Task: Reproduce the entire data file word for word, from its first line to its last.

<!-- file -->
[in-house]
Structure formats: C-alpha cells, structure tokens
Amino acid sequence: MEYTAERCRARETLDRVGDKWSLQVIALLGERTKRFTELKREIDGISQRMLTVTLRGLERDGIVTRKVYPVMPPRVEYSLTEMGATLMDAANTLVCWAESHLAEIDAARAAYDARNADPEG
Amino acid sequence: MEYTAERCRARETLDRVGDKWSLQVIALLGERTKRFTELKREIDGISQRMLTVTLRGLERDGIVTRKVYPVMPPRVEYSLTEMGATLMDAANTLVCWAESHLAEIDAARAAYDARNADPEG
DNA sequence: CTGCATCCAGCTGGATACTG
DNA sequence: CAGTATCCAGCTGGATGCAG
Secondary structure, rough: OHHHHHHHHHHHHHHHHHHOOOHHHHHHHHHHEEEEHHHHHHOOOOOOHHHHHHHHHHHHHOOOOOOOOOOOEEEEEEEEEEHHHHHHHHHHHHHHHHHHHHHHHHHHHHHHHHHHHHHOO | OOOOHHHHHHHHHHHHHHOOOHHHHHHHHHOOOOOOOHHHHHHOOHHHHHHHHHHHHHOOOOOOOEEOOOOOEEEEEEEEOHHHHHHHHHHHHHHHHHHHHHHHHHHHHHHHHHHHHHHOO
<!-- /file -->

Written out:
[in-house]
Structure formats: C-alpha cells, structure tokens
Amino acid sequence: MEYTAERCRARETLDRVGDKWSLQVIALLGERTKRFTELKREIDGISQRMLTVTLRGLERDGIVTRKVYPVMPPRVEYSLTEMGATLMDAANTLVCWAESHLAEIDAARAAYDARNADPEG
Amino acid sequence: MEYTAERCRARETLDRVGDKWSLQVIALLGERTKRFTELKREIDGISQRMLTVTLRGLERDGIVTRKVYPVMPPRVEYSLTEMGATLMDAANTLVCWAESHLAEIDAARAAYDARNADPEG
DNA sequence: CTGCATCCAGCTGGATACTG
DNA sequence: CAGTATCCAGCTGGATGCAG
Secondary structure, rough: OHHHHHHHHHHHHHHHHHHOOOHHHHHHHHHHEEEEHHHHHHOOOOOOHHHHHHHHHHHHHOOOOOOOOOOOEEEEEEEEEEHHHHHHHHHHHHHHHHHHHHHHHHHHHHHHHHHHHHHOO | OOOOHHHHHHHHHHHHHHOOOHHHHHHHHHOOOOOOOHHHHHHOOHHHHHHHHHHHHHOOOOOOOEEOOOOOEEEEEEEEOHHHHHHHHHHHHHHHHHHHHHHHHHHHHHHHHHHHHHHOO